So your great great grandfather only has a single record in the tree that anyone can access or modify. That one record will show up as an ancestor in anybody's pedigree who is descended from him. As a result, ALL of those people will have an interest in the accuracy and details of how that ancestor's record is maintained. Furthermore, you have to add to that group all of the other people who, although not descendants, are still RELATED to that ancestor of yours.

    Things were done this way by the church in order support certain theological goals that they have. It is different from most other sites, but significant in obtaining those goals.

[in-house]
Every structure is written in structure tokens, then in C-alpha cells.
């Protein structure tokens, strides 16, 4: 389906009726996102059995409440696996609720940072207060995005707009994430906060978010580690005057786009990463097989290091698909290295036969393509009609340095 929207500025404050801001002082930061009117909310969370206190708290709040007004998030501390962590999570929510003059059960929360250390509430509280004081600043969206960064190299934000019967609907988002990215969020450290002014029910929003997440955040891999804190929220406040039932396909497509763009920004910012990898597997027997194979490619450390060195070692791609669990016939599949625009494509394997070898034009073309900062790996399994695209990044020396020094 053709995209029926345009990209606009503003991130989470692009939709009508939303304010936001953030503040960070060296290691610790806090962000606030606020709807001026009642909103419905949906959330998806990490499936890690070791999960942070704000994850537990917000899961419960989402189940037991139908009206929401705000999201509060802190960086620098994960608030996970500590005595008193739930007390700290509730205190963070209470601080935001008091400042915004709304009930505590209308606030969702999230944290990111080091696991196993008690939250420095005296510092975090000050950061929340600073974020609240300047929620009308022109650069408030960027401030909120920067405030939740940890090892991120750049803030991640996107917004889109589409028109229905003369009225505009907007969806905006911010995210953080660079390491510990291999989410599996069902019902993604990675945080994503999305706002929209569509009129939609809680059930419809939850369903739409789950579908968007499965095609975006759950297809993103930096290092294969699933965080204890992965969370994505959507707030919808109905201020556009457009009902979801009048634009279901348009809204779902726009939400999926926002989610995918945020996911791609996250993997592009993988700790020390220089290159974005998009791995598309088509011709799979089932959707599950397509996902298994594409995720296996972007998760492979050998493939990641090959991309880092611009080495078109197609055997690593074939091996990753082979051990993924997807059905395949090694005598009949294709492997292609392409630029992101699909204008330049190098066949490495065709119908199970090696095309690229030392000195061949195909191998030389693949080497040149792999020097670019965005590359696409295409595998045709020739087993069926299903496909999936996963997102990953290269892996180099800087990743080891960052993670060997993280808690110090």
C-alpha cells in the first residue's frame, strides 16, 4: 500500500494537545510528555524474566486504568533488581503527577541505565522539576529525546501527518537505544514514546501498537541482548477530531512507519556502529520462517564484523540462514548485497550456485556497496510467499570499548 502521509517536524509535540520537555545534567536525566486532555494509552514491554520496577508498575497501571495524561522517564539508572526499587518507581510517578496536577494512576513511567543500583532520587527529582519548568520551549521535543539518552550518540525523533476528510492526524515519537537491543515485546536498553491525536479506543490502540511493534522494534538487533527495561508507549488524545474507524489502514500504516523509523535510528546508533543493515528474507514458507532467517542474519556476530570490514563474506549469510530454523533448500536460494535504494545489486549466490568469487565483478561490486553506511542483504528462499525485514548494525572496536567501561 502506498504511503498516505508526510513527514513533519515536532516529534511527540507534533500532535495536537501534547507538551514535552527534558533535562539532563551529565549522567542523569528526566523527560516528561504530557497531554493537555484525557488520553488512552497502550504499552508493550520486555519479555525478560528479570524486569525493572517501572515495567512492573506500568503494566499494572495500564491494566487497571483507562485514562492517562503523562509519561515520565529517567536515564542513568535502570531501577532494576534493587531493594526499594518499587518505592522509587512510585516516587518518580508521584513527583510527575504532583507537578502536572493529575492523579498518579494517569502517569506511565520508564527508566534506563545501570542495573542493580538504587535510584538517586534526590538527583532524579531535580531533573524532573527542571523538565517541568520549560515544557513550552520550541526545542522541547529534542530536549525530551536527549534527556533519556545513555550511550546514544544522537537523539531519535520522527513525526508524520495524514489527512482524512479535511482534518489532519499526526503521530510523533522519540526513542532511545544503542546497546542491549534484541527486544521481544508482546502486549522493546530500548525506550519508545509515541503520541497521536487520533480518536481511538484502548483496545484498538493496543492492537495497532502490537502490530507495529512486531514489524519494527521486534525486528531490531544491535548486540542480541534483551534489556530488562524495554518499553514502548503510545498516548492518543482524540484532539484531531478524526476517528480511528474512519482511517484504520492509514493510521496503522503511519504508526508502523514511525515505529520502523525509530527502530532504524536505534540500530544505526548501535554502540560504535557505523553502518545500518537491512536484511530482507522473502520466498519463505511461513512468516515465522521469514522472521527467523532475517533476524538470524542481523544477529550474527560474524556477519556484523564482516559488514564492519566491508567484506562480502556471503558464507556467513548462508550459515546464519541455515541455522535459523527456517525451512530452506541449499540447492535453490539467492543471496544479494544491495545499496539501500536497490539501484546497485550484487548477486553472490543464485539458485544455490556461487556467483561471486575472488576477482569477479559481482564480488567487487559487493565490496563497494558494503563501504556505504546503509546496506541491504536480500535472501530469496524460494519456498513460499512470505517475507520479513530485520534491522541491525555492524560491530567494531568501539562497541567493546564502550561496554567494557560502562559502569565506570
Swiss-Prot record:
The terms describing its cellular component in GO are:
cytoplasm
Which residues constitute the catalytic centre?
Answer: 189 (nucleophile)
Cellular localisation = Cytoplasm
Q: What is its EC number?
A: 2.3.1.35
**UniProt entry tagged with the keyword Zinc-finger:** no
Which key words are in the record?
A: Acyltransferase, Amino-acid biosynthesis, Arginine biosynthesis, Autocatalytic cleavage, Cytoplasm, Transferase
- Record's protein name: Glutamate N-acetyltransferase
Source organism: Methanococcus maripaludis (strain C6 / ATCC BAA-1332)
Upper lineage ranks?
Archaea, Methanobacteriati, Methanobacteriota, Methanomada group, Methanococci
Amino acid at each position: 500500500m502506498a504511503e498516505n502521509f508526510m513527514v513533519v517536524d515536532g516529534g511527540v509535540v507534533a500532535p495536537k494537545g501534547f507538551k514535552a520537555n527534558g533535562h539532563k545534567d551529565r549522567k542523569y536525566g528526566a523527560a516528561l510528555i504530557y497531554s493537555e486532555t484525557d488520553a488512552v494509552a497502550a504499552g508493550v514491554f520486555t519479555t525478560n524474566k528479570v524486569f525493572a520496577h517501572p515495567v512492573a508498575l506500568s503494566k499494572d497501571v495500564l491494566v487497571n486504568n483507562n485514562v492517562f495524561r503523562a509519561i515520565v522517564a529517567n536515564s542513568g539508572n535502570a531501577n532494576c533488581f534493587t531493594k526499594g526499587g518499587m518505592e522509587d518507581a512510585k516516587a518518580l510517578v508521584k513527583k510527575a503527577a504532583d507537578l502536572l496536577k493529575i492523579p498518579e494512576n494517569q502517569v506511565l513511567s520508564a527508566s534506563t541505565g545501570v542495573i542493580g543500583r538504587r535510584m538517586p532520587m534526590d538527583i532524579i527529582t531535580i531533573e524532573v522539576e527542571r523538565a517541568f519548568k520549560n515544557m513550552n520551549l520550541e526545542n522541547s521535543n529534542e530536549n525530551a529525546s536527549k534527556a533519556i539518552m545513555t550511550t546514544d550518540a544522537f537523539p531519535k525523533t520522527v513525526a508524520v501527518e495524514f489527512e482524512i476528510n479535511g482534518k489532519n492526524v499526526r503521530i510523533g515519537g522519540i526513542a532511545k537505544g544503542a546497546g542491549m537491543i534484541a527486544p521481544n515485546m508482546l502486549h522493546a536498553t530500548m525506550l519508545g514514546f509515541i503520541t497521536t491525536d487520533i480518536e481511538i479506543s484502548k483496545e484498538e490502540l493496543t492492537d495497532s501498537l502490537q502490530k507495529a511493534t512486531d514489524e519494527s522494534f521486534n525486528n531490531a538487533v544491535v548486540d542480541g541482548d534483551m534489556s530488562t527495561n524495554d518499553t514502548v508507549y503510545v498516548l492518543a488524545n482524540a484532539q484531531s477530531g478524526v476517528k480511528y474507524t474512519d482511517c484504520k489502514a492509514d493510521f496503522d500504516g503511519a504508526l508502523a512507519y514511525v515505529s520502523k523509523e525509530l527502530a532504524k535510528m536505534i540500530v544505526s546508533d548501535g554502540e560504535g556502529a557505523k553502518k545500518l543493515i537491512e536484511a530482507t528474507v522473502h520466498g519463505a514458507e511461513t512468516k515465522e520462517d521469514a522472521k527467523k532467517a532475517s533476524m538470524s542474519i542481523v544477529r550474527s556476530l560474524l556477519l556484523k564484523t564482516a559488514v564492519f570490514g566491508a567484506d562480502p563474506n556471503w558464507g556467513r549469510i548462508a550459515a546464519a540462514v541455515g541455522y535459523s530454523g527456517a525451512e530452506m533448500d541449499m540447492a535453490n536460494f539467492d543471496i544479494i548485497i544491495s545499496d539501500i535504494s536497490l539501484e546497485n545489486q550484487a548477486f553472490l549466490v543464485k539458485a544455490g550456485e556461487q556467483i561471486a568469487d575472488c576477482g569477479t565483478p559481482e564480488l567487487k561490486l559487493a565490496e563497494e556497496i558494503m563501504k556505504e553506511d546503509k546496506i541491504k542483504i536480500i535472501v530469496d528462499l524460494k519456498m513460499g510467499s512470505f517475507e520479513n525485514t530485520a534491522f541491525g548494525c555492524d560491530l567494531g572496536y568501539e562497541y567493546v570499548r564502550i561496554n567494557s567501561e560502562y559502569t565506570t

Since anyone doing work in the tree can have their contributed research and data abused by anybody else, there definitely IS a need for some monitoring and intervention when certain people refuse to play by the rules of corroboration. Blowing away data and research accumulated over time for a particular record, and doing it in a way that is not sourced or documented in any way that takes into account all of the other sources, notes, discussions, and logic that already exists for that person is wrong. It totally violates the rules of collaboration, and as such needs a "cop" to come in and arbitrate the situation.
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  • 1
    Hi Jeff,
    I am familiar with the Mormon*s theological goals. And their methodology is too devil-may-care for many of us. Shame they did not foresee the potential for abuse long ago.